• In Uganda, most crops planted early in September are in favorable vegetative to reproductive stages, despite recent erratic and slightly below average rainfall. The rainfall outlook is for continued moderate to heavy rain through the end of November, which will be beneficial to current cropping and rangeland conditions.
    • In Rwanda and Burundi, season A (September – December) rainfall has been slightly below average and erratic. However, current cropping conditions are generally favorable due to adequate soil moisture and this is expected to be sustained in the coming weeks due to forecast moderate to localized very heavy rains. There is an elevated risk of flash floods over western Rwanda and in the eastern borderlands of Burundi, due to the forecast of persistent very heavy rains.
    • In Yemen, average to slightly above average rainfall amounts were observed from October into early November. More light to moderate coastal rains are forecast in the western part of the country. However, most areas are expected to remain seasonally dry. Vegetation conditions as assessed using latest eMODIS/NDVI images are indicative of average to greener-than-normal conditions across much of the western coastal and highland regions of Yemen.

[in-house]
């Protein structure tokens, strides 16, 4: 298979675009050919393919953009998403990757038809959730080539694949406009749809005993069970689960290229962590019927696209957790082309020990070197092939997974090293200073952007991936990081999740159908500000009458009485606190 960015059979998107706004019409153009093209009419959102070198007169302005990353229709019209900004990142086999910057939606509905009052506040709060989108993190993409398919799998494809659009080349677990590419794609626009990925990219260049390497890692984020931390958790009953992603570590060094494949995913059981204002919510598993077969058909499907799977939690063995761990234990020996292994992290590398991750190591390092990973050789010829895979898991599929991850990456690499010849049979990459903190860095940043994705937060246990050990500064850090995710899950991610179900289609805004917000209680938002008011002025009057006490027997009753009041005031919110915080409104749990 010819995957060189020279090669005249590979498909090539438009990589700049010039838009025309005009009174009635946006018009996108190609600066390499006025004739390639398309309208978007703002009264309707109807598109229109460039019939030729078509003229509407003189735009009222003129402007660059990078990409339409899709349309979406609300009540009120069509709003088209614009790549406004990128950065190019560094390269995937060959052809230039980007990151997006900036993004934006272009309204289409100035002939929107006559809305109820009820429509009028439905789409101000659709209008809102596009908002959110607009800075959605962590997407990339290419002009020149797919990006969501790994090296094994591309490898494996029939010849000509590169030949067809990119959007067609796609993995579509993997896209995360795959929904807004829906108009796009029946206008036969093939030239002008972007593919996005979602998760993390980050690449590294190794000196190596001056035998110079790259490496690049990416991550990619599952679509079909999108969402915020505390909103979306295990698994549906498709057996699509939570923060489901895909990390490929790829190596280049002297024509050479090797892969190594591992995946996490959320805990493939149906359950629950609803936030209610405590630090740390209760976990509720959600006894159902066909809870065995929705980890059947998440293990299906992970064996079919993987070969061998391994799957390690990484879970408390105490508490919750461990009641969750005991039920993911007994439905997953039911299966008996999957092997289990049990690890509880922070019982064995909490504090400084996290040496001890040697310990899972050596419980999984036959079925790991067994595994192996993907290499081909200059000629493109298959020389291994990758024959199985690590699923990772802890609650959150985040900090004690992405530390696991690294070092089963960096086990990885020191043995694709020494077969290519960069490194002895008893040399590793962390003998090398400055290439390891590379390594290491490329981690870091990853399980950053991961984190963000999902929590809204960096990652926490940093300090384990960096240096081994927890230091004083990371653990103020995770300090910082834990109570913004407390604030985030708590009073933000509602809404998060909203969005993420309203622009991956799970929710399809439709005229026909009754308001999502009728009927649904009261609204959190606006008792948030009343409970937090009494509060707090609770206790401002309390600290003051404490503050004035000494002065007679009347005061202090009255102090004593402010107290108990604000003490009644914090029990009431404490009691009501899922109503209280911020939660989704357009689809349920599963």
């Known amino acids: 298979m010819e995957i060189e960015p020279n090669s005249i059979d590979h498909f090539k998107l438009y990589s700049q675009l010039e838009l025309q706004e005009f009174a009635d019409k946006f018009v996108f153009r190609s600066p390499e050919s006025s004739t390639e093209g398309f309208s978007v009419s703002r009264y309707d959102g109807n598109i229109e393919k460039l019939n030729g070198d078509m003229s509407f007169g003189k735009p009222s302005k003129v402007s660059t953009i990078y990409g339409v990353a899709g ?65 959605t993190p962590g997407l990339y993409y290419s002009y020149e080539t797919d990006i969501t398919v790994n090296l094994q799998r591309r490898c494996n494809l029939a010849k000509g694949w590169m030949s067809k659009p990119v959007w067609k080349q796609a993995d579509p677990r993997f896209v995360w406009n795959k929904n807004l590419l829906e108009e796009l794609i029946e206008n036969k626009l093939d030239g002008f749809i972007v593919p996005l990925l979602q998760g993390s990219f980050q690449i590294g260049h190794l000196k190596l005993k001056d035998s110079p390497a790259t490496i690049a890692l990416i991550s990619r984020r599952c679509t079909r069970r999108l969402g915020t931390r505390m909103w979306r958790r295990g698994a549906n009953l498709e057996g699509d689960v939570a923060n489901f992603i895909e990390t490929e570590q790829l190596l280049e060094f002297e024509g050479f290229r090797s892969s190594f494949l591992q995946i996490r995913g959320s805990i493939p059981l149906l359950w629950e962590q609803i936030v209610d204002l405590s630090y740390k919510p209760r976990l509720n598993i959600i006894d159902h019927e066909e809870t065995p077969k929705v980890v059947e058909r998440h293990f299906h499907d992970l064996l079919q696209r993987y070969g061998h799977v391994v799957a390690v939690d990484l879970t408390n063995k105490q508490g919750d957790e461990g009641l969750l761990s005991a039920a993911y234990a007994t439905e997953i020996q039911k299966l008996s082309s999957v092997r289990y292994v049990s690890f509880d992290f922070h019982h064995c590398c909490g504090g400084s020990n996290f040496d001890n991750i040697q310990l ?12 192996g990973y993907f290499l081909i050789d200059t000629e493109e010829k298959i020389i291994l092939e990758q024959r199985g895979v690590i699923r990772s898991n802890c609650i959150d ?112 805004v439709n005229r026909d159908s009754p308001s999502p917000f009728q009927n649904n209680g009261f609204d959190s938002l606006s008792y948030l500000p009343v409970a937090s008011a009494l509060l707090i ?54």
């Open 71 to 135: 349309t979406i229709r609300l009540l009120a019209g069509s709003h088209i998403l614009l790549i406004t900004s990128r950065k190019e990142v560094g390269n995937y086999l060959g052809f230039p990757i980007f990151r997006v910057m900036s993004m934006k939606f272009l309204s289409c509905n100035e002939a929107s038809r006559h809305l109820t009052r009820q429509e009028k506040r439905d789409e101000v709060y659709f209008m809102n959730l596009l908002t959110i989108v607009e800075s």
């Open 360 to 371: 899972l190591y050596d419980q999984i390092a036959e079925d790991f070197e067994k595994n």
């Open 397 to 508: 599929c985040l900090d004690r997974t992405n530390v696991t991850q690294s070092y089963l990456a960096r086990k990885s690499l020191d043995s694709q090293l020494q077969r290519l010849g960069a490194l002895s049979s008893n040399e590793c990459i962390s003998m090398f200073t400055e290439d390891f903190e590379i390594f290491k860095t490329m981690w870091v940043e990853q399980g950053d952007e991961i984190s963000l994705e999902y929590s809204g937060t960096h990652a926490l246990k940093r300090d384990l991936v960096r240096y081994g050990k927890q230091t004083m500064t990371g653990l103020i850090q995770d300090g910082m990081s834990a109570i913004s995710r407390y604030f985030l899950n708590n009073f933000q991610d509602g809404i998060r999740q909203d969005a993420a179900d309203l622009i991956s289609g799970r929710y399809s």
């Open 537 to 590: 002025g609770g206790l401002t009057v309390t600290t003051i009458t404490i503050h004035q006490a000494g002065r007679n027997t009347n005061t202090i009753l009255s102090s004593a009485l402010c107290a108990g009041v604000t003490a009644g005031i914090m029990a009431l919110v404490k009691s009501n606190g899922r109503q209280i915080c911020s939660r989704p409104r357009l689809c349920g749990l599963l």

The rainfall performance for the remainder of the season -- from mid-November into December -- will be very critical for food production systems in the eastern Horn of Africa. There is an increased likelihood for short-lived moderate to locally very heavy rains across most parts of Ethiopia, parts of southern Somalia, and northern and central Kenya, according to the GFS rainfall forecast valid until 21 November (Figure 3). Flash floods are likely over localized areas of southern Somalia and northeastern Kenya, in the event the forecast rains are intense and occur within a few hours. However, these rains are expected to subside considerably by late November, resulting in below-average total cumulative rainfall performance in November.